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Pro-life display on campus vandalized

Provided by Hannah Bockweg

Pro-life display on campus vandalized

Crosses pulled from ground, signs defaced

October 30, 2016

When Cecilia Knox placed 260 white crosses on campus to draw attention to abortion, she expected people to react differently.

But she didn’t expect the display to be vandalized.

Days after Knox stuck the crosses into the grass beside the Student Union Plaza, someone pulled the crosses out of the ground and tore the sign that read, “Each cross represents 10 babies that die by abortion each day.”

The Oct. 26 incident wasn’t the first time Northern Right to Life’s annual pro-life display has been tampered with on campus. Crosses were also taken out of the ground from the organization’s 2013 display.   

RELATED: Anti-abortion signs removed from campus display

Knox, vice president of Northern Right to Life, said her friend Michael Bailey called her and told her the display had been vandalized.

“First he sent me a picture of the crosses, and they were all knocked down and the signs were gone,” Knox said. “He said ‘Oh, I’m so sorry this happened. My friend and I put the signs back, but I’ll come meet you, where are you? I have the big sign that they tore.’”

Bailey, a freshman political science major, said he tried to fix the display the best he could because “it felt like the right thing to do.”

“The first thought I had was that obviously you can tell that somebody did it,” Bailey said. “We knew at the time what it was representing, which was children, and so it was like, seriously why would anyone — and I get that religious beliefs aren’t the same — but what’s the reason to just tear down what someone worked really hard on?”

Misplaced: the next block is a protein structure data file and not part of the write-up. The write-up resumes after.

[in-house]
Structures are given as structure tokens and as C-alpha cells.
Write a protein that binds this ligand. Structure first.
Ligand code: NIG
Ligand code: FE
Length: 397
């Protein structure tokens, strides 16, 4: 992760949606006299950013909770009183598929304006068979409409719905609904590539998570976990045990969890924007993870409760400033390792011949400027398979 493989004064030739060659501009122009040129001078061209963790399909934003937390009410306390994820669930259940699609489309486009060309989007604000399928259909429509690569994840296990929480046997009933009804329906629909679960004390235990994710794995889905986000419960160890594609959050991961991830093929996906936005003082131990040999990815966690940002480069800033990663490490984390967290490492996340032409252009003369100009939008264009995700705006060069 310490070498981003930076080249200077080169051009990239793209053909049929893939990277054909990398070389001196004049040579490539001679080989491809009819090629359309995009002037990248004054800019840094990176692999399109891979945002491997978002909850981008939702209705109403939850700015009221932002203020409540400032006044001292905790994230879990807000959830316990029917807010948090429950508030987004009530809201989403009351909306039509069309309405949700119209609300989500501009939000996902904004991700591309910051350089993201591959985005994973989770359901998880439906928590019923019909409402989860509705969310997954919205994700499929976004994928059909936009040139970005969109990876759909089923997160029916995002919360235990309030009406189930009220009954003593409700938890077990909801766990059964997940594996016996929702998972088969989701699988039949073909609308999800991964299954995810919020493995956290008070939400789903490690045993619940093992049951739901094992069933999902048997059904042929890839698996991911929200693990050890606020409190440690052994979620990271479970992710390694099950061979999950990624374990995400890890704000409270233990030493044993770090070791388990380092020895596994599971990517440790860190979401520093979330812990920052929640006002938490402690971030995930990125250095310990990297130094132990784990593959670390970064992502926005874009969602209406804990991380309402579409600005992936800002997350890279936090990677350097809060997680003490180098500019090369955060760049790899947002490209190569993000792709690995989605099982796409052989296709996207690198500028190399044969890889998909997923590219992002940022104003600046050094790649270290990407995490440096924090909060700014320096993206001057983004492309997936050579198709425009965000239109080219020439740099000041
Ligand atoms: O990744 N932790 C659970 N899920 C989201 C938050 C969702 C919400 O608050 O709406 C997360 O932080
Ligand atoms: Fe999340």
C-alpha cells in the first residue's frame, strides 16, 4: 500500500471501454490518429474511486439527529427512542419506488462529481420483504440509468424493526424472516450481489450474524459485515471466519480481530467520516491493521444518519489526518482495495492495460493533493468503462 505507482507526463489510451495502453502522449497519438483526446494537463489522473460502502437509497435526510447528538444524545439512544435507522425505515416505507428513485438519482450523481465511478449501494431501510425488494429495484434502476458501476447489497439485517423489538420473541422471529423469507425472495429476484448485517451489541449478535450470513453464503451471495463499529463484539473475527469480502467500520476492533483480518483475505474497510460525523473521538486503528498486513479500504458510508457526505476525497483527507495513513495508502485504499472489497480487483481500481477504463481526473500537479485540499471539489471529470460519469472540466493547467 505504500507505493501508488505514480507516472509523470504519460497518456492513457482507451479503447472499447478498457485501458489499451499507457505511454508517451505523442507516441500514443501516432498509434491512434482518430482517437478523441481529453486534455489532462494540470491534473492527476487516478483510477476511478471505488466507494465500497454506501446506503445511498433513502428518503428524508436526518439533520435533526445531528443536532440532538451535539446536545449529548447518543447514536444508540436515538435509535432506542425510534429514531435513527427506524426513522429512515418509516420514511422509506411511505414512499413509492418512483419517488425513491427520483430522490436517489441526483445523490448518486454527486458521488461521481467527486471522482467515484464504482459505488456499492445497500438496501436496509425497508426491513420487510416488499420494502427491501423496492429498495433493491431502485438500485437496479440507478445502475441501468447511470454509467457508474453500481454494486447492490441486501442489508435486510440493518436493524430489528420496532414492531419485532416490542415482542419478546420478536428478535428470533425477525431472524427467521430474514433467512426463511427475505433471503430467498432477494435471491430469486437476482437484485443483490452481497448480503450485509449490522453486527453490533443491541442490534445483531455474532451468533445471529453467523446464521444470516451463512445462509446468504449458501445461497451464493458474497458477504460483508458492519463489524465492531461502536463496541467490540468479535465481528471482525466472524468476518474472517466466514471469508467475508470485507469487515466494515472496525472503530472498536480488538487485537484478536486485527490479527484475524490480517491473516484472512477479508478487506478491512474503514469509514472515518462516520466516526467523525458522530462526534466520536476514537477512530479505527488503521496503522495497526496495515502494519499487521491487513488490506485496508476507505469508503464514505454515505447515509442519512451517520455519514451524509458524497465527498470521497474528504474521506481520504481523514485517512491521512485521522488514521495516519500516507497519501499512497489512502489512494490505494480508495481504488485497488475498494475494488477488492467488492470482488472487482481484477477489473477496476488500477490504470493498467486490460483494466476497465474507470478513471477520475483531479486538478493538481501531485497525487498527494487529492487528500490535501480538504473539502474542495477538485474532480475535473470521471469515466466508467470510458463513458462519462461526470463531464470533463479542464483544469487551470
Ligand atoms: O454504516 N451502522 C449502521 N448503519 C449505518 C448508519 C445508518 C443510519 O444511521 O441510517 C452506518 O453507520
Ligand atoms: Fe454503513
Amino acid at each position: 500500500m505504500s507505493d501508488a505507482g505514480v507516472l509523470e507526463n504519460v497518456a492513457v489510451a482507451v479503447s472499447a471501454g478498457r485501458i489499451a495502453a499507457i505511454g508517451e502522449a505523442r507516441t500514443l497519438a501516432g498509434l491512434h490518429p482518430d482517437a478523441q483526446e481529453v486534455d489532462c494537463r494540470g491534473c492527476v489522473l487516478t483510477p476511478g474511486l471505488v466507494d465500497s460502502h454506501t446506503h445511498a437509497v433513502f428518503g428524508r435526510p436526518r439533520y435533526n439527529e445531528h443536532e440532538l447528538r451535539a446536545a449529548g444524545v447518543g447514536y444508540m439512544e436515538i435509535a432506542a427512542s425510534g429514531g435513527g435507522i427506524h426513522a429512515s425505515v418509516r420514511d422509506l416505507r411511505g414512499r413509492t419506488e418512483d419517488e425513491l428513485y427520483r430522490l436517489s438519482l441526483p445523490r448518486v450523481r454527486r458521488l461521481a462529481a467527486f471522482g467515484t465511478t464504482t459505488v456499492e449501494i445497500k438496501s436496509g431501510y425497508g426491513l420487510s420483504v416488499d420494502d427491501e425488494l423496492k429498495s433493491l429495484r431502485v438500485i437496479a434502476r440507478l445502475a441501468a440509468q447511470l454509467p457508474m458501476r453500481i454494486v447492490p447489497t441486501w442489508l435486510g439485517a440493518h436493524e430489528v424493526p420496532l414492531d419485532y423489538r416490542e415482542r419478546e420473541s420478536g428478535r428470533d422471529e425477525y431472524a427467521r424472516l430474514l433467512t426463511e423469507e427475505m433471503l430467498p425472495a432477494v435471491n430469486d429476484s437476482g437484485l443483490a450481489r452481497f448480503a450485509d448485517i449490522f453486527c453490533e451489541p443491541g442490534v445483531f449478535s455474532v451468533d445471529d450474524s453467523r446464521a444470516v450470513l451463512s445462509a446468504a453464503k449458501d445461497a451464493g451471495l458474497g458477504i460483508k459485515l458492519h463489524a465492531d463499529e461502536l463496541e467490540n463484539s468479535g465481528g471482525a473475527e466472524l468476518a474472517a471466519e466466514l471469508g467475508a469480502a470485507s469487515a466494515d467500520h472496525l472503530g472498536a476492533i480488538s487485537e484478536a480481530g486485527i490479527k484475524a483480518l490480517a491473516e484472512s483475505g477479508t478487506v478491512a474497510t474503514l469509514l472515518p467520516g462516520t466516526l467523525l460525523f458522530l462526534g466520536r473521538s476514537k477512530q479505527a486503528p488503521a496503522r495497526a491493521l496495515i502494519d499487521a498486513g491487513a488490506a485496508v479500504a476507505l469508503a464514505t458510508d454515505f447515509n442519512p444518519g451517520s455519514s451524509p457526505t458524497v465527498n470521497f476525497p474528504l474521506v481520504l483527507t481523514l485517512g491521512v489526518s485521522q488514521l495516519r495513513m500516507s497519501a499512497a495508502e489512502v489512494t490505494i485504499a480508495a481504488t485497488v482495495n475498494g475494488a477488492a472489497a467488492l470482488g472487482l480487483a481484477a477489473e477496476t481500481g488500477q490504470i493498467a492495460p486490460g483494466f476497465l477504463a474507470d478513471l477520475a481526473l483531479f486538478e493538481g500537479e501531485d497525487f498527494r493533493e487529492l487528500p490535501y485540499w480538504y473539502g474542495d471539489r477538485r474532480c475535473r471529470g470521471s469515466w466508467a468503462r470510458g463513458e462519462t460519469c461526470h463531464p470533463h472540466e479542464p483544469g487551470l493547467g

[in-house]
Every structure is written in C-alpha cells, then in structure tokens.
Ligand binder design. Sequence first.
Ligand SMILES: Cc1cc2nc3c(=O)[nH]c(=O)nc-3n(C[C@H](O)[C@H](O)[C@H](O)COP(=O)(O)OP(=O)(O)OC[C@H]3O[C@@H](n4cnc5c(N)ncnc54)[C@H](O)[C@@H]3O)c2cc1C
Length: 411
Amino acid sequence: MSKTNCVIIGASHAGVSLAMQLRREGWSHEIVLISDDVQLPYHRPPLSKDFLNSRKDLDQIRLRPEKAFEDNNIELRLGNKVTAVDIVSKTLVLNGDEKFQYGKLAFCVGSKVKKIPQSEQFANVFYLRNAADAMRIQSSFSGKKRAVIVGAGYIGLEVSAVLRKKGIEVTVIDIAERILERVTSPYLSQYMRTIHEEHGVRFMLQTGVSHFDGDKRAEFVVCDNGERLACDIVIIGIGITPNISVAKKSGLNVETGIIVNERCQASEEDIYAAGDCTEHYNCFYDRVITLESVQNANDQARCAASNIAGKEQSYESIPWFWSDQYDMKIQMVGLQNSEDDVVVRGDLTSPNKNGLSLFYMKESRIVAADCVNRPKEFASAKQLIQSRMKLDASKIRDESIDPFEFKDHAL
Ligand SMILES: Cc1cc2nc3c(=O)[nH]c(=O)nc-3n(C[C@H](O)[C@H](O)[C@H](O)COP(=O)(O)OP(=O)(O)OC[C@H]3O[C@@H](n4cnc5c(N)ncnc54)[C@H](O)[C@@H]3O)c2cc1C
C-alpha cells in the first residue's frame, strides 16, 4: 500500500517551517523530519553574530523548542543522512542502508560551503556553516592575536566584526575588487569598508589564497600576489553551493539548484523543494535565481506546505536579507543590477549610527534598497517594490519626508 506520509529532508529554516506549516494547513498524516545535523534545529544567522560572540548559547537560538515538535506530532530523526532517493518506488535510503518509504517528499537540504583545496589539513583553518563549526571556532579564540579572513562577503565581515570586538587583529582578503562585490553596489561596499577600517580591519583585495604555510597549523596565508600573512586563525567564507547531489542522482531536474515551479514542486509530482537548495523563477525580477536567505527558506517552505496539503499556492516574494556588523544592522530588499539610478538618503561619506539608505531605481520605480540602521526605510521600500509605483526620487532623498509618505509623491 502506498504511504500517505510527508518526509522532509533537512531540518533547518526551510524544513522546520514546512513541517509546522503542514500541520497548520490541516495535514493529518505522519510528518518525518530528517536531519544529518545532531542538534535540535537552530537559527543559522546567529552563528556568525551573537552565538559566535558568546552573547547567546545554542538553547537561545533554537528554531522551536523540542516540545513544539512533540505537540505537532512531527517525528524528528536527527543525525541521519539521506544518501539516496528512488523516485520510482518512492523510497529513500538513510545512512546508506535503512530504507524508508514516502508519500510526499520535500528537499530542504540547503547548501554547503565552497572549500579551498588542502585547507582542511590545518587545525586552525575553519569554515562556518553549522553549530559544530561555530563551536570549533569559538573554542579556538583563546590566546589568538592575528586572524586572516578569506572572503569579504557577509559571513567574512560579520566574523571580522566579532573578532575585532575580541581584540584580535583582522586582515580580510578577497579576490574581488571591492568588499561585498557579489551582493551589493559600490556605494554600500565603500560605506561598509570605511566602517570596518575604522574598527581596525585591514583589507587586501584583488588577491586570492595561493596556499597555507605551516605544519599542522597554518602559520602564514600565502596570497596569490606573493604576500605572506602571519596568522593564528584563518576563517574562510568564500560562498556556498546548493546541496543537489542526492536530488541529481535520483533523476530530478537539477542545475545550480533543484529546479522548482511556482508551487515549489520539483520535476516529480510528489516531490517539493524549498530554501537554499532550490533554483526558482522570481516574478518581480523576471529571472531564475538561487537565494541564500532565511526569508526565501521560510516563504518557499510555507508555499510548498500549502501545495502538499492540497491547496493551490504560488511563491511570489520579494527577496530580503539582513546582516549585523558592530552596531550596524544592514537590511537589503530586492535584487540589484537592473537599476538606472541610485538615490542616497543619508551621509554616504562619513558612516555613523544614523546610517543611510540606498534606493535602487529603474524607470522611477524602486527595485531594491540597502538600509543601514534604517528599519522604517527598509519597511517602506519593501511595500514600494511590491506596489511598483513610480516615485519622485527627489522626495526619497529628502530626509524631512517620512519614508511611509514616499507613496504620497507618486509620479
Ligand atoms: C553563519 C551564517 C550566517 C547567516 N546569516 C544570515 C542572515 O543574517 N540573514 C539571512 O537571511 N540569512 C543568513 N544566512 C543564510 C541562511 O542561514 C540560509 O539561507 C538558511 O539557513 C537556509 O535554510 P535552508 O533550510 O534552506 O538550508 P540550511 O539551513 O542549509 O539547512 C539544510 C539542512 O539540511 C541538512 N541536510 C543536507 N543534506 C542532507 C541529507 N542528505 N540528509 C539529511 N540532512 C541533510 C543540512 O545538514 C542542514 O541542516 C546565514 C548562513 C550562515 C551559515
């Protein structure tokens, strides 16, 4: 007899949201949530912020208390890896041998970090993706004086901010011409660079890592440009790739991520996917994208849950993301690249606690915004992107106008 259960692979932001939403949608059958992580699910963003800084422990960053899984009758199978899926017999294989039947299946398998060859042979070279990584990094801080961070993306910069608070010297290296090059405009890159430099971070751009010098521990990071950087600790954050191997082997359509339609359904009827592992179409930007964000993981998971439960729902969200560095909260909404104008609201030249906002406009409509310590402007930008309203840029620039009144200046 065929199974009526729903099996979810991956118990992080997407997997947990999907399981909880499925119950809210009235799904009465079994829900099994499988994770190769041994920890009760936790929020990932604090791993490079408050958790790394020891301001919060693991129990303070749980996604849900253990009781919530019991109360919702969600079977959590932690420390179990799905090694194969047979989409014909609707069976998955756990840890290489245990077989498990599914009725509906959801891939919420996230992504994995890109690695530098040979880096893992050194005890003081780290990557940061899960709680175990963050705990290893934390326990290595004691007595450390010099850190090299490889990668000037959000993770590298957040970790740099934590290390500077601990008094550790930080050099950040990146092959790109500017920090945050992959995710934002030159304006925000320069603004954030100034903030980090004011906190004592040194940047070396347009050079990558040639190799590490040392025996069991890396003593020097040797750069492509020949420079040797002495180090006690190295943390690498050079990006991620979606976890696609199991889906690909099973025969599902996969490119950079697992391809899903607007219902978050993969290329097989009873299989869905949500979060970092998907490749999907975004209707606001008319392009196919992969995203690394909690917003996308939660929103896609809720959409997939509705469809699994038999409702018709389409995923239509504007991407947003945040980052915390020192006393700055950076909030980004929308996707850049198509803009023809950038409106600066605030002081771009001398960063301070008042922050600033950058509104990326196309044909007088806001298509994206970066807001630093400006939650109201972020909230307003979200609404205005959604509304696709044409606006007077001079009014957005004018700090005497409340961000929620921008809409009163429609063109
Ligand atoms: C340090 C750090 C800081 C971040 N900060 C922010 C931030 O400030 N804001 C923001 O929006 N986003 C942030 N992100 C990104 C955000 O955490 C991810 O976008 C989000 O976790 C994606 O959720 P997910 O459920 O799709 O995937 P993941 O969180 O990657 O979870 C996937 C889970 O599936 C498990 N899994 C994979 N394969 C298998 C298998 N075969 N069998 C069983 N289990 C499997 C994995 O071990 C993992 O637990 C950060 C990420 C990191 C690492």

Knox said she and other members of Northern Right to Life worked hard on setting up the display, and she felt upset and disrespected when she found out someone had tried to ruin it.

“People always talk about, ‘Please respect other people’s beliefs,’ and I don’t know, it’s scary,” Knox said. “Clearly [they] do not respect others’ beliefs by vandalizing property. I was taken aback.”

Bailey said the vandalism is a reflection of the hatred that is evident in today’s society.

“… there’s a lot more rampant hatred and disgust from people who disagree with certain people on aspects of things,” Bailey said.   

The university spokesperson was not available for comment at the time of publication. The Northerner will update this story once we have received a statement. 

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